Margaritas are made for coastal breezes, but micheladas are what you drink in Central Mexico. Tom wasn’t much of a beer drinker before we arrived in Mexico, but this refreshing libation has become one of his favorites when we go out on the town or after our epic 7-mile hikes.
What’s the difference between a Chelada and a Michelada?
A chelada is a beer with lime juice and a salted rim. A michelada is a beer with lime juice, seasonings and a tajin rim. Tajin is a mixture of dehydrated lime powder, ground chili powder and salt. This mixture is also great on vegetables like jicama, broccoli and carrots.
We created a short video where Tom explains how to make a michelada:
How to Make a Michelada at Home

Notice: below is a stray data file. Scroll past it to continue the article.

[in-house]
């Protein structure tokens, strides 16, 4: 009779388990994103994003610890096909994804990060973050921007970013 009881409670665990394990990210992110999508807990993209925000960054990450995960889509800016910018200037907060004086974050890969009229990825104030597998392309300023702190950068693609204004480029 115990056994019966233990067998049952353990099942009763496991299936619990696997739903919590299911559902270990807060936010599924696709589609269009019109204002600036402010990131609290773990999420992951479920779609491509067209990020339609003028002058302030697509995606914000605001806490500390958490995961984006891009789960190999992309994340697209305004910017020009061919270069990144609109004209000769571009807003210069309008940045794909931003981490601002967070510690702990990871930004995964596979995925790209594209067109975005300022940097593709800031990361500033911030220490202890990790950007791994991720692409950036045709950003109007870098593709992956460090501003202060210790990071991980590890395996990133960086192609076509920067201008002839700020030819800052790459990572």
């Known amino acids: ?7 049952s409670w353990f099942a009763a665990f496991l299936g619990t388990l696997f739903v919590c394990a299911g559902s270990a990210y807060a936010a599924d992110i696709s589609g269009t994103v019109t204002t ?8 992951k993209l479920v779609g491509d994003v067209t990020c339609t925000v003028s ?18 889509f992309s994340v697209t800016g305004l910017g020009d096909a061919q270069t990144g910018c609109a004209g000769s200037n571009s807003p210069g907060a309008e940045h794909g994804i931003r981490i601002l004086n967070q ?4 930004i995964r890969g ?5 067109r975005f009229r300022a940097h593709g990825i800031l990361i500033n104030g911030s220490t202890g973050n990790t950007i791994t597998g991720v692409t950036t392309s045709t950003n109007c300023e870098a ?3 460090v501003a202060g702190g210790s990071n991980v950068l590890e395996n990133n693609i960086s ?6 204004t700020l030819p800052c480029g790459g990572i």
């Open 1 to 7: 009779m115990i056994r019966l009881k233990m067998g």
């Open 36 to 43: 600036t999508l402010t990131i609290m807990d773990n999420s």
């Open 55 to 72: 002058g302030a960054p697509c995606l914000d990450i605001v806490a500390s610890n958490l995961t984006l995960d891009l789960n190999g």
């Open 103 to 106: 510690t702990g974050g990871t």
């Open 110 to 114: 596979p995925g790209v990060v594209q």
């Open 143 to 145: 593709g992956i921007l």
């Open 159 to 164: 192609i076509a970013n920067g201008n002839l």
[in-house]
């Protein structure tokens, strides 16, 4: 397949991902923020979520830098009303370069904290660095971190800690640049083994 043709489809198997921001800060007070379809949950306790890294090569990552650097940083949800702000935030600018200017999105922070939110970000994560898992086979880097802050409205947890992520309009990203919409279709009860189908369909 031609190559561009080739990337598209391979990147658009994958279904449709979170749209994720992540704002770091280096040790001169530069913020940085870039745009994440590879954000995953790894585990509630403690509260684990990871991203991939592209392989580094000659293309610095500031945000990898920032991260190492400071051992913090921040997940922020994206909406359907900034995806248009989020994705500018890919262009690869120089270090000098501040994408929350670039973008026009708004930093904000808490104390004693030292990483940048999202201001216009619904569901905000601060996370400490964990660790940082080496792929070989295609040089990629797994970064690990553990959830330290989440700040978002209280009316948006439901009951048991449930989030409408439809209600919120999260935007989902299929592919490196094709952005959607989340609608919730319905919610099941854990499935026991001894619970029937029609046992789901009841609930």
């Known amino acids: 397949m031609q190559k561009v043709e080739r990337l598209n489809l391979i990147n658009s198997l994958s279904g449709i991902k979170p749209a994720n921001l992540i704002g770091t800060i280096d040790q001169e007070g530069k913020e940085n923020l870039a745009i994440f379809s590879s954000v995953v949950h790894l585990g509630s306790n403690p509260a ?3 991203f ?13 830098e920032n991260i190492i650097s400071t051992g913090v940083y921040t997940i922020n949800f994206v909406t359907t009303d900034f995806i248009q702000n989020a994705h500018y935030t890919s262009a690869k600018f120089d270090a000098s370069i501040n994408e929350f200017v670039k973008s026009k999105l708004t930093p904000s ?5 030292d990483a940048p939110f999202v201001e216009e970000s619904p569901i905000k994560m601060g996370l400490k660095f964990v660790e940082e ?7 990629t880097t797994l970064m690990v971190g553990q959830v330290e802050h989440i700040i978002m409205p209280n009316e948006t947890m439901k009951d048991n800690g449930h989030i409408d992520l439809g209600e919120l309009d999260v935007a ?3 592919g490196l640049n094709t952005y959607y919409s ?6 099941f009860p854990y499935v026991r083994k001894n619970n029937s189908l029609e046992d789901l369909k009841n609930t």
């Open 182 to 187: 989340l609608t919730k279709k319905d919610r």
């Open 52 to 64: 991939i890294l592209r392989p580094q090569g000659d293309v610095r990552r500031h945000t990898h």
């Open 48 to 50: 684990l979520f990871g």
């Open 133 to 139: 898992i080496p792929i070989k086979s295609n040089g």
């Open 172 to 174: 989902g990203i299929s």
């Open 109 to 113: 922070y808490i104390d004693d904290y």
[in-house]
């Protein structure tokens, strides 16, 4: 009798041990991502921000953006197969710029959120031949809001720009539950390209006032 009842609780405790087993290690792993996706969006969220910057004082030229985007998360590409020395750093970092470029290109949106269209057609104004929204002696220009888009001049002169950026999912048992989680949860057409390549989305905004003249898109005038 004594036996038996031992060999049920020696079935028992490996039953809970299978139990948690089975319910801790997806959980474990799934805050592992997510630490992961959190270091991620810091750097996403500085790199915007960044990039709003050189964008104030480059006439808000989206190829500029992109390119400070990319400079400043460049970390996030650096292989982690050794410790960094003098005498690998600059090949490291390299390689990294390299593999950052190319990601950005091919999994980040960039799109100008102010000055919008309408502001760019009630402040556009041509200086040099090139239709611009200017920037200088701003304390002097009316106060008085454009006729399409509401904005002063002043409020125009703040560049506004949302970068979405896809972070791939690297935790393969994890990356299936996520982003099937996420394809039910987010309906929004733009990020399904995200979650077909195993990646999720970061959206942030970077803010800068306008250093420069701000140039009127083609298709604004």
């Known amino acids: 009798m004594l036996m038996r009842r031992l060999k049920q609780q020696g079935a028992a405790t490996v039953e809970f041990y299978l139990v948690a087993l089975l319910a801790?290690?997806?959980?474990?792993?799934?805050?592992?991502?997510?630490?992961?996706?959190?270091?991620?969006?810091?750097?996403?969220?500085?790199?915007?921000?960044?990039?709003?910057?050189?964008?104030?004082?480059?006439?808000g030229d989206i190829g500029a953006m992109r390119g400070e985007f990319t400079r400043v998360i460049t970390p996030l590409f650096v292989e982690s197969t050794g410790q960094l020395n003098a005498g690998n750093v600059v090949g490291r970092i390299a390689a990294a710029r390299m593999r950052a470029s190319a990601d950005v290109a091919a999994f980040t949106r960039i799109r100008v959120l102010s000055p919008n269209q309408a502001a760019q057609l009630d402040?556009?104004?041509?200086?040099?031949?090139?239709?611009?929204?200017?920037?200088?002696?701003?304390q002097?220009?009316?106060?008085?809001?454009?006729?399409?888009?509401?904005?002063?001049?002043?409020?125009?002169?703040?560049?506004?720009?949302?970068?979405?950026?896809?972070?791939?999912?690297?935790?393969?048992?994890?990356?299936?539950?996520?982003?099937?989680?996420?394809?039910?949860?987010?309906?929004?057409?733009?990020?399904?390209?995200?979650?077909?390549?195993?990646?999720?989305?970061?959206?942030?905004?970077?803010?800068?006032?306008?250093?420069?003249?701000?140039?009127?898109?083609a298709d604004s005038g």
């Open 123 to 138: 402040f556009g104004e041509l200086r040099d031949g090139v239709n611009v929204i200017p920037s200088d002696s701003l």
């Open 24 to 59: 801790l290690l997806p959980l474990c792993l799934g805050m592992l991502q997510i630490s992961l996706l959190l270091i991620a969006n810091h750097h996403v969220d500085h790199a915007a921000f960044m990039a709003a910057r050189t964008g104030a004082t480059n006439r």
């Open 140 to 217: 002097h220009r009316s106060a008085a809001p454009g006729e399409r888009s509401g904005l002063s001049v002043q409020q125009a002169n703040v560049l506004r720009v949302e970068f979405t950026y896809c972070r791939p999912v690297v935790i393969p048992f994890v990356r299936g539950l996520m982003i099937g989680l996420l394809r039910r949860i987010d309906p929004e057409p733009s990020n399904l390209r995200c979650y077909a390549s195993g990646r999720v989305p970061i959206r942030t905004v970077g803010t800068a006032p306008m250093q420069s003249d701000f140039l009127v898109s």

Here is the recipe to make a michelada at home. Tom doesn’t measure anything, so use a few dashes of this and that according to your own taste buds.
Prepare your Michelada mug:
Lime juice– 2 limes for every beer poured into mug.
Tajin– seasoning for the rim of the glass.
Seasonings for the umami bomb:
- Hot sauce
- worcestershire sauce
- Maggi-Jugo- a mixture of soy sauce and beef bouillon (for non-beef alternatives: soy sauce and clamato)
Stir with spoon until dissolved.
Add the beer of your choice, but each type of beer will make the michelada taste different. Tom prefers Modelo Especial because it’s brewed right down the street. Modelo beer can be found in other countries, too. Indio and Bohemia Claro beers also make great micheladas.
Just a note: In Mexico, never order a michelada with Tecate or Sol beer. If Mexicans don’t drink these beers, neither should you.
Clamato (optional)- Clamato Cubano prefered.
How do you like your michelada? Let us know in the comments!